Liz: That’s good work to do.

Zibby: Good work to do. There were so many parts of this book that were just beyond beautiful. I also loved the whole tradition you had of folding up the notes and then as the book went on, pulling out the little scraps of paper. Can you just explain that a little more and talk about the power of these little thoughts that women in your life had to impart over time?

Liz: Fritz was our second child. We had everything we needed. We did not care about dressing a boy in girl’s clothes. It was a baby. Whatever. At this point, we were living at the camp where we were working at Lake Tahoe. It was right on the shore of Lake Tahoe. We were living in a cabin that was, I think it was 340 square feet including the outside shed thingy that was attached. It was very cozy. We also really didn’t need more stuff. We did not want a baby shower. One of our neighbors who lived at the camp there just felt like, ritual matters. We need to mark this. We need to celebrate and welcome this baby. No, we don’t need to give you more things, but we need to do something. She gathered the women and girls who lived at camp. It was me and my best friend, Lori, who’s the chef there, and her two daughters — I’m not going to get their ages right; they’re maybe seven and nine, pretty little still — and my mother-in-law. We gathered in their home. The sun was setting over Lake Tahoe. Ate all kinds of wonderful food. The girls really sloppily painted my fingernails and my toenails.

What they decided they wanted to give me was not onesies and pacifiers, but their well-wishes and their intentions and their love in the form of these little notes. They were maybe three by two, not even that, two by one, very small pieces of paper. They wrote these wishes for me with the intention that I open them while I was in labor with Fritz and that that would give me strength and encouragement. I’d know they were with me and all that. They gave me them in this little bottle. Fritz was really late, really, really late. We tried, oh, my goodness, everything. I walked so many stairs with that baby trying to get him out. We were in Nevada, the Nevada side of Lake Tahoe where, at least at the time, there was not a whole lot by way of regulations. We were planning a home birth. Alice had been born at home with a midwife also. We came to the very last day that, even in Nevada, they would let us do this. He was twenty days late. As a last-ditch effort, I drank castor oil and the next morning woke up in just roaring labor. He was nine and a half pounds. It was wild. There was no stopping to read notes at that point. I don’t know if they even crossed my mind. Then we were in the baby fog, newborn, chasing a toddler, all that.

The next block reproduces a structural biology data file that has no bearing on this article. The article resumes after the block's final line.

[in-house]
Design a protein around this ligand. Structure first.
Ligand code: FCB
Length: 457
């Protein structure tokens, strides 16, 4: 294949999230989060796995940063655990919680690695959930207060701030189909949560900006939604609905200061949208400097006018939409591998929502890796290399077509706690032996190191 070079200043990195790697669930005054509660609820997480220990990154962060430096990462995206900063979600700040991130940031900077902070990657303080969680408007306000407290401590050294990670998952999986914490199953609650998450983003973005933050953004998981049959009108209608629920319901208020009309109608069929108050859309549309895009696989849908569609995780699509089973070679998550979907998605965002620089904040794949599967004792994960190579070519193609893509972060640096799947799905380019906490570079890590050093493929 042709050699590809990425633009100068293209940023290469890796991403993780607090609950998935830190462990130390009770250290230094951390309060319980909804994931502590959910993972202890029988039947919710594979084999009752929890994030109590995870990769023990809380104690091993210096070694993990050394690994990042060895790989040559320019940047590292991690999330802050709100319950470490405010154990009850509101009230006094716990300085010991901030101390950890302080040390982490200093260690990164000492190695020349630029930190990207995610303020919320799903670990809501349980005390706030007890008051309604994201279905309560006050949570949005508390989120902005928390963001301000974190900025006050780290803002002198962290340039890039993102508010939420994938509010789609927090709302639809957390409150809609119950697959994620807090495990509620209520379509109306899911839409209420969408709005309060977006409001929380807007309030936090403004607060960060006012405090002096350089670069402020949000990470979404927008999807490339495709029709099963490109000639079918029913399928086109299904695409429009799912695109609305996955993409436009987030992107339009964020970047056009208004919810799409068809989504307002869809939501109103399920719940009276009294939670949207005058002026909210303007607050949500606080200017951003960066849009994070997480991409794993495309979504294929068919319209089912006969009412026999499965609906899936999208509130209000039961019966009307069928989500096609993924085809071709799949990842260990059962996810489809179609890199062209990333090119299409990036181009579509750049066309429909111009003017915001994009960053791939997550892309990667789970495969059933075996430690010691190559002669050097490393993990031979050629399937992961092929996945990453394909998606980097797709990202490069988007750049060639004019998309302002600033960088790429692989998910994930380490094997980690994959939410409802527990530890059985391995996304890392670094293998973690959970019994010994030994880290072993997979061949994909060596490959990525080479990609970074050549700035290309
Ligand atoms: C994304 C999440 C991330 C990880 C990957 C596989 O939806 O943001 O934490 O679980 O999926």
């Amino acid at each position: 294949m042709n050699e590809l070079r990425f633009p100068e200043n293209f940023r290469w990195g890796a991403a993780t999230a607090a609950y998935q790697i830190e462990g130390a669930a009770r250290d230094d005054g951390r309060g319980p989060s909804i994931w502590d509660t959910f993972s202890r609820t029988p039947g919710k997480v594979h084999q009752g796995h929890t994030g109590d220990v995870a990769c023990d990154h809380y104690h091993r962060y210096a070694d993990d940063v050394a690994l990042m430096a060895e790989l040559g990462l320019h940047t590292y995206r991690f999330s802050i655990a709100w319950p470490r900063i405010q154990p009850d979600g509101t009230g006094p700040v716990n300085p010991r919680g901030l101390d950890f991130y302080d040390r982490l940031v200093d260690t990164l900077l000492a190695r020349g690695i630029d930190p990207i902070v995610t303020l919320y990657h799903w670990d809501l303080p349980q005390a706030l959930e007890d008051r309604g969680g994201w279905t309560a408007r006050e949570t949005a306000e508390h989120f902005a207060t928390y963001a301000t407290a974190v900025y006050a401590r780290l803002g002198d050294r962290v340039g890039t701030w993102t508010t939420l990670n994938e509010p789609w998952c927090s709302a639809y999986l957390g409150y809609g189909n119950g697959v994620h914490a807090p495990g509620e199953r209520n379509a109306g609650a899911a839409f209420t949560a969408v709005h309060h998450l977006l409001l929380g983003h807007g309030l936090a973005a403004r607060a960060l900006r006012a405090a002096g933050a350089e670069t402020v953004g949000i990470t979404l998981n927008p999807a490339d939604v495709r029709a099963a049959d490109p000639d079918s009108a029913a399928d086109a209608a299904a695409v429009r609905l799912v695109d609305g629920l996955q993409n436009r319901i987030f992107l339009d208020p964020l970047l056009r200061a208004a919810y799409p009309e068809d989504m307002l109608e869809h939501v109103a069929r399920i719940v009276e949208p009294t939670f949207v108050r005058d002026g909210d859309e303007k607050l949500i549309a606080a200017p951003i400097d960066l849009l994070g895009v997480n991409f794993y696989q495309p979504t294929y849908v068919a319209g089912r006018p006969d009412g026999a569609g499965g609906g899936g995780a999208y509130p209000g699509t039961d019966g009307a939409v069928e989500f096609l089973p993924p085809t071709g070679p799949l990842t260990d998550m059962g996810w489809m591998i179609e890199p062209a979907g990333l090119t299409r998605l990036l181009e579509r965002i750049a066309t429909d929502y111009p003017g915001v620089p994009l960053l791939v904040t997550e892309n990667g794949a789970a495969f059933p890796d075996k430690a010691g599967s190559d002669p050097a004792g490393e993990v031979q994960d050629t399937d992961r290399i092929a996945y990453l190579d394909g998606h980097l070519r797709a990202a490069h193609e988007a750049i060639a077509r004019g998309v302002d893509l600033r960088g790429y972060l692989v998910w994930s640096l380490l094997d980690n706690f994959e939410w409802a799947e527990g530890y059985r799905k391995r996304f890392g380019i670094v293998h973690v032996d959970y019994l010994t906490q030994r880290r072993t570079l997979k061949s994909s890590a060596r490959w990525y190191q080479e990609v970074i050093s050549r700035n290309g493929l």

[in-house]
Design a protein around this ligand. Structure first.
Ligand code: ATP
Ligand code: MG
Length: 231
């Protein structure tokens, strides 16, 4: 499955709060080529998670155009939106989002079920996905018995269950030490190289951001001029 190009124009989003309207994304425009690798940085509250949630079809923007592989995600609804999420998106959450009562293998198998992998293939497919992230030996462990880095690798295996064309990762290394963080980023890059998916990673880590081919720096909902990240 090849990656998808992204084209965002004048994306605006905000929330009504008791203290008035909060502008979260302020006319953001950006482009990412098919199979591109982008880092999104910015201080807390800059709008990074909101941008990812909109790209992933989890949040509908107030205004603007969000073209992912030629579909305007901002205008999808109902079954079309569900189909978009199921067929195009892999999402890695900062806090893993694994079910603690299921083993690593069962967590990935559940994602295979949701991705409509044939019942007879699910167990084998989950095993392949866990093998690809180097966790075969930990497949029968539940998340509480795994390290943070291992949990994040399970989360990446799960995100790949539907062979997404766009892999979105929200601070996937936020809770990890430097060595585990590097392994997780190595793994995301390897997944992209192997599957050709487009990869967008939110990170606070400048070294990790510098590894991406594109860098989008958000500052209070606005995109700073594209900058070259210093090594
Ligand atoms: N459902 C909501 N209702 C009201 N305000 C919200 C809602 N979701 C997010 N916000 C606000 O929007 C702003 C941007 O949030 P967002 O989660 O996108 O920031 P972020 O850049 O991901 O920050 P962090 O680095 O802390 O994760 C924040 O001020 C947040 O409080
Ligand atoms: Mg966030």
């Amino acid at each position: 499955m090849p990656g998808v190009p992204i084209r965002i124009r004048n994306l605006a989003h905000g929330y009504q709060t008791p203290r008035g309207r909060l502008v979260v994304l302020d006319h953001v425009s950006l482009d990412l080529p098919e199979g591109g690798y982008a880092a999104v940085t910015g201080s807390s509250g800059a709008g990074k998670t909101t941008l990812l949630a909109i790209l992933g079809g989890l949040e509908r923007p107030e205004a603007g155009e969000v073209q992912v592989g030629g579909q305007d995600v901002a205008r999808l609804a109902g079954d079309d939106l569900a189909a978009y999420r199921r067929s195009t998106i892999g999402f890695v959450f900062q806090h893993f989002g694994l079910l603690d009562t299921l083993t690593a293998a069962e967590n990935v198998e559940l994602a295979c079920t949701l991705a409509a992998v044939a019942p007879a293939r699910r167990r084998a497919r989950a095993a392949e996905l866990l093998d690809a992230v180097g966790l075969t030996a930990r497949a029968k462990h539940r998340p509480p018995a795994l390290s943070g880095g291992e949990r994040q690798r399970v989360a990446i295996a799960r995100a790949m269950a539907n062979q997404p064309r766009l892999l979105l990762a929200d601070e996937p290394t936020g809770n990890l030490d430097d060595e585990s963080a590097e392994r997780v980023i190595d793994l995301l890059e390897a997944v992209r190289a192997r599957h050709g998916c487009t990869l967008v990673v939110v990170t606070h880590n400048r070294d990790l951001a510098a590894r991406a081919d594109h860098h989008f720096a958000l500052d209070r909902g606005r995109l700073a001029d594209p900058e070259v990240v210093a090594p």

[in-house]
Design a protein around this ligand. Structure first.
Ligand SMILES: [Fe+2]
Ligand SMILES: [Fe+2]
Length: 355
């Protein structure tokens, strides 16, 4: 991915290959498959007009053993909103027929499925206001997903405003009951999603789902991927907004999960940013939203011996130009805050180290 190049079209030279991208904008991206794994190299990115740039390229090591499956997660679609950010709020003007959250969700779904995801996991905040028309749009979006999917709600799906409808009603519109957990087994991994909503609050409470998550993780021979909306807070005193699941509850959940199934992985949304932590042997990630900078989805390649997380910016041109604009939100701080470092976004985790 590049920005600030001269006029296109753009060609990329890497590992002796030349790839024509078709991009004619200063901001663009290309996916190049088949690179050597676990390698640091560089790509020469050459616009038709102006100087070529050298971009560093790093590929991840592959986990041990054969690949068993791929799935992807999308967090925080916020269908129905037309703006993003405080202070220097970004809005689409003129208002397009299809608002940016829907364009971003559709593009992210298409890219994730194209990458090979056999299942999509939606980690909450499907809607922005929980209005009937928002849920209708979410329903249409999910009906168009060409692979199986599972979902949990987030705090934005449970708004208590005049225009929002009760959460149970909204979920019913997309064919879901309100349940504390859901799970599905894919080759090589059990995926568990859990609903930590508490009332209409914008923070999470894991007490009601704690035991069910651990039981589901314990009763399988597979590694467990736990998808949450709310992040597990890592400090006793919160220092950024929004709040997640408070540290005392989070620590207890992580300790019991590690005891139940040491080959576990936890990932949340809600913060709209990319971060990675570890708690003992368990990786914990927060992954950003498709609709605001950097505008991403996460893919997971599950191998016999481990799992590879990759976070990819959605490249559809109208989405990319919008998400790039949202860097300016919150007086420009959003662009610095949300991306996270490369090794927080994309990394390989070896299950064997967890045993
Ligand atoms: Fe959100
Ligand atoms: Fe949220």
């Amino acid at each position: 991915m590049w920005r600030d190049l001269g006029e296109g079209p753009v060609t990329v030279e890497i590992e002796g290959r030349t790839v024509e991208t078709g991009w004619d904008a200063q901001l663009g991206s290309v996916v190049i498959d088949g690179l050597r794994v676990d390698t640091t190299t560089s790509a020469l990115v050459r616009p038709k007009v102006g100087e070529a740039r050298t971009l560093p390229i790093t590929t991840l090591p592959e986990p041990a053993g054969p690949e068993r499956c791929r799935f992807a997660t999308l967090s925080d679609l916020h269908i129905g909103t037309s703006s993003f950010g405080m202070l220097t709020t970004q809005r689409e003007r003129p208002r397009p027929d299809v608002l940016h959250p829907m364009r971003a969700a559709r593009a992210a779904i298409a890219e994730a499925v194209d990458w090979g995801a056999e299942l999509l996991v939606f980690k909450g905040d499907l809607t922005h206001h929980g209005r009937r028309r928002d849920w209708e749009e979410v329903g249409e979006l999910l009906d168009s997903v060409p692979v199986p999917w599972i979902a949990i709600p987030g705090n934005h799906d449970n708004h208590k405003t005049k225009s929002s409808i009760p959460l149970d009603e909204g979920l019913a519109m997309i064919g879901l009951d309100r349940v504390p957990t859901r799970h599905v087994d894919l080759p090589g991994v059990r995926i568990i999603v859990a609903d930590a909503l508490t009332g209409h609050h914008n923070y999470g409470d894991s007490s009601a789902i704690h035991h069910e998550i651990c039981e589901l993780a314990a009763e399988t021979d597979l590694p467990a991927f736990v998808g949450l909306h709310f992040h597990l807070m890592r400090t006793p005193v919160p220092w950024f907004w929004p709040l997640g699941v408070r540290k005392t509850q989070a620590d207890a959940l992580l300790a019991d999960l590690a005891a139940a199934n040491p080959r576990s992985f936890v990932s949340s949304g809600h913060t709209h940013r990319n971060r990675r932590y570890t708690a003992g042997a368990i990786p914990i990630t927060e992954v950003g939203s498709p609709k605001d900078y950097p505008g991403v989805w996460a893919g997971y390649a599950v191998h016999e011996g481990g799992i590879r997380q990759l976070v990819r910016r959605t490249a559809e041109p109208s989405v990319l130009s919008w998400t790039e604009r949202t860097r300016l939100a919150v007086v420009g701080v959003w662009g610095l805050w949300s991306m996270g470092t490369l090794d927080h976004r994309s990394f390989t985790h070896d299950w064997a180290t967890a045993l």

I don’t really remember, but I don’t think I really thought about them or noticed them until he died. He died at night. Getting up the next morning, there’s light everywhere, and there’s no baby. I just thought, how the hell am I going to do this? How do I even do this first day? I saw this bottle, this little green glass bottle sitting on the shelf next to the plates and stuff. I took it down and pulled a note out. I read it. I’m not going to remember. It’s in the book, which came when. I decided I was going to open one a day until they ran out. It got me through the first week. Then I strung a thread through them and taped them up in the window. They’re totally bleached out now. You can barely read the words anymore. It was just this connective tissue between the life that these beloved women and girls had wished for us and sent towards us and then unfolding in this entirely different way, but trying to trust that the love they offered to me and this child was still there.

Zibby: It’s so beautiful. By the way, I think that’s a really nice thing to do even for people who have lost someone recently. Maybe this will get you through a week. When you’re in that frame of mind, that’s basically as far as you can even see. Even that feels insurmountable. For everybody who’s like, “What can I do to help somebody who’s grieving? What should I say? What should I do?” putting like seven scraps of paper in a box might just be the most helpful thing you can do.

Liz: It’s a start to get you through those first days.

Zibby: It’s like the jumper cables on a car. It’s not going to fix the car, but it’ll get you to the shop.

Liz: I love that.

Zibby: Tell me a little more about writing this book. How long did it take you to write it? When did you find the time to do this? Where did you do it? All of it, the process.